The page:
cover image WOODY GUTHRIE: Poet of the People

WOODY GUTHRIE: Poet of the People

Bonnie Christensen, . . Knopf, $16.95 (32pp) ISBN 978-0-375-81113-5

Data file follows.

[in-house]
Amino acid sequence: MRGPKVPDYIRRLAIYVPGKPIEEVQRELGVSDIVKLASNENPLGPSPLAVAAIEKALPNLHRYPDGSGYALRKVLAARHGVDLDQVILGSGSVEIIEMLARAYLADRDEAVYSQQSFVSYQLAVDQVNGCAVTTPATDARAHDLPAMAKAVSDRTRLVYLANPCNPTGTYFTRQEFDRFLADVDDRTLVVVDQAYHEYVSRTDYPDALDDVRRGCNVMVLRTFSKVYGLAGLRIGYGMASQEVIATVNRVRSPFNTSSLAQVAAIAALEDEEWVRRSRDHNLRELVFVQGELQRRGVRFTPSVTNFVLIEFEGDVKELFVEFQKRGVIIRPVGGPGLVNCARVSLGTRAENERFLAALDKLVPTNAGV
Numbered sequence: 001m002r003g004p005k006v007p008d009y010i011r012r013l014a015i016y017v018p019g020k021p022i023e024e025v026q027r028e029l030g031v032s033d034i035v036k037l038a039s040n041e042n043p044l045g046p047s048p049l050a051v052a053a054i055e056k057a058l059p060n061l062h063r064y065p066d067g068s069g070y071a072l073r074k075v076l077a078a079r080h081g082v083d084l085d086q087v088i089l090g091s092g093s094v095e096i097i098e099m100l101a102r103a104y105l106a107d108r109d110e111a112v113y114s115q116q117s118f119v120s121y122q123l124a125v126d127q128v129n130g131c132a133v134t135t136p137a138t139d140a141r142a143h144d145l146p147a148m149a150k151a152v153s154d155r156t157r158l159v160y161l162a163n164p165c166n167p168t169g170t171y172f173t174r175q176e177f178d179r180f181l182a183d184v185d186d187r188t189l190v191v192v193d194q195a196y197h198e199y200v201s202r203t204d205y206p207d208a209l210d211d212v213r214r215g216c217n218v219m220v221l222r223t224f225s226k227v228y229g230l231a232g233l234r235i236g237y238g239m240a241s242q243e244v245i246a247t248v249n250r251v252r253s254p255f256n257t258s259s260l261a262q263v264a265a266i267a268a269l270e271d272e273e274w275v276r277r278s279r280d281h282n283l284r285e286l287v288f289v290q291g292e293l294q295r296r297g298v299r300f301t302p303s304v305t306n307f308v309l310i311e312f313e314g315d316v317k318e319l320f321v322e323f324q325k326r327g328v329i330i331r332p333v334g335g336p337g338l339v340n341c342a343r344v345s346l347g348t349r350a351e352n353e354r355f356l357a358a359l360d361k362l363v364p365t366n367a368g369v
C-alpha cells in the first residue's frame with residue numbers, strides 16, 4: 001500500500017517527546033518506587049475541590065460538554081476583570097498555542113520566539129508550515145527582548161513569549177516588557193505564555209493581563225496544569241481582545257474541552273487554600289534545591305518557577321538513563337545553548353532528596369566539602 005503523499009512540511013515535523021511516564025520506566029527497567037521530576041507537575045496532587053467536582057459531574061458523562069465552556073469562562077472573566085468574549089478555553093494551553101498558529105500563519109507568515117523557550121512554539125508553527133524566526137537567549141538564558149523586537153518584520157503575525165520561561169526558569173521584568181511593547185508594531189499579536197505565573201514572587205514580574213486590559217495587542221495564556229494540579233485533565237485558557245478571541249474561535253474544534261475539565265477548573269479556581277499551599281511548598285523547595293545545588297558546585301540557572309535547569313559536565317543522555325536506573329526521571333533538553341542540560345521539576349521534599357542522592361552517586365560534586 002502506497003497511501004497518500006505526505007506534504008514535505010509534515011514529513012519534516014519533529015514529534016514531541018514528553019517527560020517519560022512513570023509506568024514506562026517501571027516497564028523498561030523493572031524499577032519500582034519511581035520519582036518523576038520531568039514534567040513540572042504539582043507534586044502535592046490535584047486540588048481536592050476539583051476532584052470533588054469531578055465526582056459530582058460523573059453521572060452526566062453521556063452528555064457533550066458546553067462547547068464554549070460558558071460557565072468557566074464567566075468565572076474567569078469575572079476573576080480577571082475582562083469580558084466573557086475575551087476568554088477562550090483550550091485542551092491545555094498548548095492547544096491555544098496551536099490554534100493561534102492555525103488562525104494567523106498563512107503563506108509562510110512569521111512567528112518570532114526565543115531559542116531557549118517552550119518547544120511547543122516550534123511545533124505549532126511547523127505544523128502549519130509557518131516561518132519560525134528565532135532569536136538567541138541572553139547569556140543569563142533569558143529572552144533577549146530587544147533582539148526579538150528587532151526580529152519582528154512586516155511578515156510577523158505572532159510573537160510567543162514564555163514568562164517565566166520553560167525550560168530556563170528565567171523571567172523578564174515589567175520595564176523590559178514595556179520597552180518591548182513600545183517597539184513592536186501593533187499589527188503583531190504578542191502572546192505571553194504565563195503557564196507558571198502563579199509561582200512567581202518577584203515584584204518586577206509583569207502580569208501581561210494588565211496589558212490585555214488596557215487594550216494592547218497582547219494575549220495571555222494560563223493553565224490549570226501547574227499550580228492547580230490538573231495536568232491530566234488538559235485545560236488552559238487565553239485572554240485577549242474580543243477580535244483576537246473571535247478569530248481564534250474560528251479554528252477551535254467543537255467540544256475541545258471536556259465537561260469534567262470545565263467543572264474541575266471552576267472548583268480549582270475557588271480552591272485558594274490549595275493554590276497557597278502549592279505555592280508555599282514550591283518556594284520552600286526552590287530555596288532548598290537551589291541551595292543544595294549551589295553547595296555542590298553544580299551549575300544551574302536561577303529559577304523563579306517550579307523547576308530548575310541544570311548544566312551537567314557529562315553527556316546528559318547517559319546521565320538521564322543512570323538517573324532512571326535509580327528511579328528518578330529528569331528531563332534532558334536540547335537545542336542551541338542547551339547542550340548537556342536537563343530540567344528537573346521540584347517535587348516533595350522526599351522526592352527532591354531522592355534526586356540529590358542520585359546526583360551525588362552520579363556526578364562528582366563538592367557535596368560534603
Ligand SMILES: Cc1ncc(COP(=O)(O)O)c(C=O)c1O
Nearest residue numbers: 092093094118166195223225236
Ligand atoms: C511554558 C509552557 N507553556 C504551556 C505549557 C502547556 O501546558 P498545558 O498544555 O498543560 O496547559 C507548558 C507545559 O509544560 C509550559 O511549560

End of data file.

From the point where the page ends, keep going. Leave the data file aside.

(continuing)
Seemingly tapping into the tone of Guthrie's own lyrics, Christensen's (Breaking into Print) folksy, sometimes plaintive narrative offers a resonant profile of this songwriter's life and work. Born in Oklahoma in 1912 to parents who were both fond of singing, Guthrie throughout his childhood "heard the songs that swept across the prairie—wind and rain songs, thunder rumbling, lightning crackling songs." The author incorporates snippets of Guthrie's lyrics as she follows his peripatetic path, first to west Texas where he learned to play the guitar and gravitated toward "old-time country music that got people laughing and forgetting their worries" and later to California. Christensen deftly reveals how Guthrie's songwriting was propelled by the issues of his era; he sang his "Dust Bowl ballads" on the radio in Los Angeles and, moved by the plight of unemployed migrant farm workers, coal miners and factory hands, he "became their voice, and songs were his way of speaking." His articulate and far-ranging voice rings clearly through these pages, which feature the full lyrics to "This Land Is Your Land" sprawled in oversize hand lettering across the top of each spread. Reminiscent of woodcuts, the mixed-media, earth-toned illustrations creatively evoke the period and the variegated landscapes of this gifted performer's life. All ages. (Oct.)